Young people who have
misused drugs describe how they have been able to tackle their habits, with the
help of detox services for teenagers. Linda Green hears their stories.
At 17 Kim
made the brave decision that she wanted to come off heroin. Unfortunately the
drugs agency she went to was unable to help her because she was too young. With
no services for younger drug users in her area, Kim had to watch in frustration
as her older boyfriend was helped to get off heroin while she went on using.
When, some months
later, she was told that a new drugs agency for under-19s had opened in
Halifax, West Yorkshire, she went straight round to see a worker.
Kim, now 18, has made
enormous progress since that first chat at the HX1 Lifeline Project. She has
been supported through a detox programme on to the heroin substitute Subutex, a
high dose of buprenorphine, and has been off heroin for several months, apart
from one brief relapse.
It has been a long
haul for Kim who started using marijuana and ecstasy at 14 after discovering
that the man she’d grown-up calling “dad” was not her real father. She ran away
from home, got expelled from school and ended up living with her boyfriend who
introduced her to cocaine. She ended the relationship and got off cocaine but
her next boyfriend was a heroin user.
She says: “I tried to
get him off it but then I had a go of it and a habit slowly picked up.”
By the time Kim
turned up at HX1, her drug use had forced her to quit her job and she was
desperate for help. Fortunately, she has been very happy with the service she
has received. “The support has been really good. They tried to find out what
would be the best way to get me off heroin and what would be the best time to
get me off it.
“They also warn you
about certain things. Like I’d smoked heroin until the last two weeks of my
habit when I started injecting. When I came in to see the doctor she told me
that my arms weren’t right for it because I was too thin.
“I like seeing the
doctor here because she speaks to me properly whereas if you go to a normal
doctor and tell them you’re a heroin user and you want to get off it they look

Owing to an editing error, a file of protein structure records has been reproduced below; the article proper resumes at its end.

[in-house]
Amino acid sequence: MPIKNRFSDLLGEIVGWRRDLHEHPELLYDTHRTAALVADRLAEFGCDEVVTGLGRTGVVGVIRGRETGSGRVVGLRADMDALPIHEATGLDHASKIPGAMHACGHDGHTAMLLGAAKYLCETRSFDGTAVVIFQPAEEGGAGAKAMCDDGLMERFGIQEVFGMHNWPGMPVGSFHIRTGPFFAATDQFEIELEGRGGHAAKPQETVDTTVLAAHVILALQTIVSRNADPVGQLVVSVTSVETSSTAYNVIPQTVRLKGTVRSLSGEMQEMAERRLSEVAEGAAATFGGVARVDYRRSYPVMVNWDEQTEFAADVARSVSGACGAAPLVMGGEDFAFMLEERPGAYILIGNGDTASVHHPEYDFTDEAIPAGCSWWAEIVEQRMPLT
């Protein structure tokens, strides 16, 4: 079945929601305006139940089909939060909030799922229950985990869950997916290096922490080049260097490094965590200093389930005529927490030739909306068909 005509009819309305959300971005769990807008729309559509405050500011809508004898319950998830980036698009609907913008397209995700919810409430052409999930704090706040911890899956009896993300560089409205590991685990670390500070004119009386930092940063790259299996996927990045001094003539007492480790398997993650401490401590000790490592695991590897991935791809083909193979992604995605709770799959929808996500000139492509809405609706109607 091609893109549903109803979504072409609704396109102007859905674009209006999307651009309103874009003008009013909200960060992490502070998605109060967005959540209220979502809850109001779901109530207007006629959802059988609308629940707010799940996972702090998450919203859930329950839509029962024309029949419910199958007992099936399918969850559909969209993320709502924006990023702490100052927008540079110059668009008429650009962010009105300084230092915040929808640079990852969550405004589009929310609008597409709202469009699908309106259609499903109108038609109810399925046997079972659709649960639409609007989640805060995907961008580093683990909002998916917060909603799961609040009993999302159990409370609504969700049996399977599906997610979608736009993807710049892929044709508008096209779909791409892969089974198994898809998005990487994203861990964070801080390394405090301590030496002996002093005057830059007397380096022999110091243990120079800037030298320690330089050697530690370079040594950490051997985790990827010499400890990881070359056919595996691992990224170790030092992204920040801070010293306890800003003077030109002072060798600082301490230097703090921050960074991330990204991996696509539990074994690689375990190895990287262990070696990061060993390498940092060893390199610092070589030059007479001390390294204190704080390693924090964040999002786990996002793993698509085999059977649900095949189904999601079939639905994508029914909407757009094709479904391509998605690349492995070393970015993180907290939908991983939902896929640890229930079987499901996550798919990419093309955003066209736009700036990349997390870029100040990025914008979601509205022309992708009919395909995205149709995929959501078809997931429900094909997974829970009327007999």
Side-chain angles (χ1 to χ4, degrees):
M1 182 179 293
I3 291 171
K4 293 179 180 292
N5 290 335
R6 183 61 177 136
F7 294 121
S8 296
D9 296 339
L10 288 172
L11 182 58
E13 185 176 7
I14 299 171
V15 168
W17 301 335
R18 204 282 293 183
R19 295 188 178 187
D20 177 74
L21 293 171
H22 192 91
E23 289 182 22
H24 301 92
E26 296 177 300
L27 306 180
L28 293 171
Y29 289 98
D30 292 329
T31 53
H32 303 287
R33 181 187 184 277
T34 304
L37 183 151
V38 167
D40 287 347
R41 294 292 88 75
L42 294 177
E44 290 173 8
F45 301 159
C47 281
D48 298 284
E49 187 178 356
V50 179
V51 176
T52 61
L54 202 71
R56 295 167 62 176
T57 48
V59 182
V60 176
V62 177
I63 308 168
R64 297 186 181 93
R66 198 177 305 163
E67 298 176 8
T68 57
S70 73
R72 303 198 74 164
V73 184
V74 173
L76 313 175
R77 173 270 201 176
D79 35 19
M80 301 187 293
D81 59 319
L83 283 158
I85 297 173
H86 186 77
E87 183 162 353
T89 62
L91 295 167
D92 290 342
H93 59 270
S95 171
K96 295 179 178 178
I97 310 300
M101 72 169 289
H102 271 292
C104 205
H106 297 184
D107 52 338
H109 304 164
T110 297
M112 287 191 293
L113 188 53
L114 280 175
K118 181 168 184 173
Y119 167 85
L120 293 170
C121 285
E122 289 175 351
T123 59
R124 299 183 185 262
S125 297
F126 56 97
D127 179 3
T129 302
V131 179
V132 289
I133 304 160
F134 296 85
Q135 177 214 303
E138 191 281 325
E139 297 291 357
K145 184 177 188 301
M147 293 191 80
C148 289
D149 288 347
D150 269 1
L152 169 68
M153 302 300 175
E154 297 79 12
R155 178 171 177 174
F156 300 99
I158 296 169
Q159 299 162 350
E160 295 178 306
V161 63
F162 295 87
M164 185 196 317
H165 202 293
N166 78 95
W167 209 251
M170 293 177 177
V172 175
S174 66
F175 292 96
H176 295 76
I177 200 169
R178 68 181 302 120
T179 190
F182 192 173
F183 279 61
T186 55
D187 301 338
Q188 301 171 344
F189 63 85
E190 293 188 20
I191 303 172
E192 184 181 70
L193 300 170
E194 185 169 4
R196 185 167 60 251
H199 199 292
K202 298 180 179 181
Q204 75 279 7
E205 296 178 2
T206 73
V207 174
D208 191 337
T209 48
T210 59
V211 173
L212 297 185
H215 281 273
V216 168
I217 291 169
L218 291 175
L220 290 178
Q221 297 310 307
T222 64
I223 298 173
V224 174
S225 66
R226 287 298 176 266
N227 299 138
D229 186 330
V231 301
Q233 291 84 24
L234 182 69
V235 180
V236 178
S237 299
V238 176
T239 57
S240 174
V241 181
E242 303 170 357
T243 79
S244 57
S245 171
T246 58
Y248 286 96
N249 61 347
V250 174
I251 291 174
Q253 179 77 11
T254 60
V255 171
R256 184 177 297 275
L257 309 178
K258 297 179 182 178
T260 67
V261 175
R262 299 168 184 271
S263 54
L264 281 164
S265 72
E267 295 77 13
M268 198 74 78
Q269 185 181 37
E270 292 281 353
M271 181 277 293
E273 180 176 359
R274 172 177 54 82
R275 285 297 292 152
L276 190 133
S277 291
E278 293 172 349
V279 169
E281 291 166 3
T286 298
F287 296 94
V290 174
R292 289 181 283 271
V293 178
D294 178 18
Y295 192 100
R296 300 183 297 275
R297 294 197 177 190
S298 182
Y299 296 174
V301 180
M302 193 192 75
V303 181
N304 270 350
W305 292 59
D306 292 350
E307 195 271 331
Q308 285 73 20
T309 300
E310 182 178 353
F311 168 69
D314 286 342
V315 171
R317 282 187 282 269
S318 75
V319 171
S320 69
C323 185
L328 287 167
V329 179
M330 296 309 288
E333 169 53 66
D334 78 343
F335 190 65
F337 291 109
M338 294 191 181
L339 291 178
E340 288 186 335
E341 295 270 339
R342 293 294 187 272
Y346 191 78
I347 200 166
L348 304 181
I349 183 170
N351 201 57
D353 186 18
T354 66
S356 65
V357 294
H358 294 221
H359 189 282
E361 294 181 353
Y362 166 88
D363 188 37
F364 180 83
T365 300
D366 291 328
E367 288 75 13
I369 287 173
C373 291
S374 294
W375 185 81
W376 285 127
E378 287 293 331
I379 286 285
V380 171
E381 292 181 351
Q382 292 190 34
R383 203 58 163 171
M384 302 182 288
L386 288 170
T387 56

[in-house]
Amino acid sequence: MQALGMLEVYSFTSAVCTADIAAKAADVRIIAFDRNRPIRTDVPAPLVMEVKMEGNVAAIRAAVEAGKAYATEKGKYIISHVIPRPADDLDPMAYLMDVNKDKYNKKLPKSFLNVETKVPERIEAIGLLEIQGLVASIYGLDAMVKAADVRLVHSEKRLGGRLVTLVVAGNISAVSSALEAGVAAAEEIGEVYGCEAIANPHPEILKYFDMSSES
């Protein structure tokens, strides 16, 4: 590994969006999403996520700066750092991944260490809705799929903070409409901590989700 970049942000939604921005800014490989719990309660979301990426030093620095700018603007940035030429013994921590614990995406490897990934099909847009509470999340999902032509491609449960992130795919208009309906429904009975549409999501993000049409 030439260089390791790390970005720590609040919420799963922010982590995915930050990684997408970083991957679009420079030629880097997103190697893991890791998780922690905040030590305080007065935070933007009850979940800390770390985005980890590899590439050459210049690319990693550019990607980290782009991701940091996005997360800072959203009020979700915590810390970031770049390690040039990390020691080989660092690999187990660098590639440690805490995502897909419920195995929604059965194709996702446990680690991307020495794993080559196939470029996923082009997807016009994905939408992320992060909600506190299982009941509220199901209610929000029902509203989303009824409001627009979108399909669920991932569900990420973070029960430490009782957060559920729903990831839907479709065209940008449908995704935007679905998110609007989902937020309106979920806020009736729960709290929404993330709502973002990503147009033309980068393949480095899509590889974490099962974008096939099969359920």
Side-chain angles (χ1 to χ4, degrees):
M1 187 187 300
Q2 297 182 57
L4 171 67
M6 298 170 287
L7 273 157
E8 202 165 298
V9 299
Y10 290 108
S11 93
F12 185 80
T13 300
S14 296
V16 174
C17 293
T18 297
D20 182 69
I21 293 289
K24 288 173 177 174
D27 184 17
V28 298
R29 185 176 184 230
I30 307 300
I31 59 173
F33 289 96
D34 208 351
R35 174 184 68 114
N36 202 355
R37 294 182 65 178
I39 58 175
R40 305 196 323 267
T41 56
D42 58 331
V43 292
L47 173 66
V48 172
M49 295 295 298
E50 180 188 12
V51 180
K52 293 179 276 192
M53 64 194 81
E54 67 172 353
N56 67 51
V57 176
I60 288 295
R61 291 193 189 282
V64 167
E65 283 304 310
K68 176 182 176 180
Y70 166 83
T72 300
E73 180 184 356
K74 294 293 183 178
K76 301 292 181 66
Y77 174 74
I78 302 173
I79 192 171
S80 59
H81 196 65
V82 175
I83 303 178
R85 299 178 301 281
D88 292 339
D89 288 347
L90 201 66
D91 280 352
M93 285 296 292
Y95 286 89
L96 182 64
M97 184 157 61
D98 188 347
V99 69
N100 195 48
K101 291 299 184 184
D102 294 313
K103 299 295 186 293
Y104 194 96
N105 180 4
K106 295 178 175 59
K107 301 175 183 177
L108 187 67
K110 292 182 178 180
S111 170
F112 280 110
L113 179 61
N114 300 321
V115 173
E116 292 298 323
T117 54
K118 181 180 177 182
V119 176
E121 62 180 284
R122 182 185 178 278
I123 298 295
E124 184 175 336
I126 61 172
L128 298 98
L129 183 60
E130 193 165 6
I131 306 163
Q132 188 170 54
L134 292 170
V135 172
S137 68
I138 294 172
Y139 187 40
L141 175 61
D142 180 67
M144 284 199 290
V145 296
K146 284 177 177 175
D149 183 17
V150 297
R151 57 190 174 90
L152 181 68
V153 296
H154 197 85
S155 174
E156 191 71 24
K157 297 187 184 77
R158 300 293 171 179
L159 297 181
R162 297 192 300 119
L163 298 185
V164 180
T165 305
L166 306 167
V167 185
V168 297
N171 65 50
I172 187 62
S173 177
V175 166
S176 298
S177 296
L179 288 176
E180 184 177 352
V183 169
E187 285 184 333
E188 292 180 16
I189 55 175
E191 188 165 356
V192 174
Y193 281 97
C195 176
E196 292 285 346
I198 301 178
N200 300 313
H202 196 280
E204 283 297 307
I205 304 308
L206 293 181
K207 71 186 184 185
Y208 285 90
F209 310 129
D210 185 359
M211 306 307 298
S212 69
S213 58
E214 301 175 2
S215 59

at you like there’s no hope in the world for you.”
Kim likes the
informal atmosphere at the project and the fact that HX1 is prepared to liaise
with other drugs agencies. She explains: “Without my boyfriend getting off
heroin I couldn’t get off it and vice versa. But here they understand that with
us two living together they need to sort something out, so my worker will ring
my boyfriend’s worker at the adult service and say ‘Kim’s going on a substitute
this week, can you sort something out for Bradley?’”
On the occasion when
Kim did relapse, she says the support of her key worker was vital in her
recovery. “I was very depressed. I came in here and cried my eyes out. I needed
to hear someone say, ‘it’s not that bad, you’ve done really well, this is just
a hiccup’, and that’s what they did. With their support, I’m confident I will
be able to stay clean in the future and start college in September.”
Catrina started using
cannabis when she was 12. She dropped out of school at 13 and began smoking
heroin at 16 when she was living in a hostel. She then met a teenage boy who
told her that injecting heroin would give her a much bigger buzz.
After several months
of injecting, Catrina realised that heroin had taken over her life. She says:
“I couldn’t go a day without having heroin, I started to rattle, my legs were
aching, it was really bad. I got really lazy, I wouldn’t go out, I just stopped
in bed all day. It got to the point where I decided I’d had enough.”
On the recommendation
of a friend, Catrina visited the Lifeline Kirklees Young Person’s Service in
Huddersfield, West Yorkshire. She was assigned a key worker who helped her to detox
She says: “They were
really good, they asked me how I felt and what I wanted to do. It was hard
coming off though. You get really emotional because you can’t have no heroin
for 12 hours. I couldn’t have come off without their help. The best thing was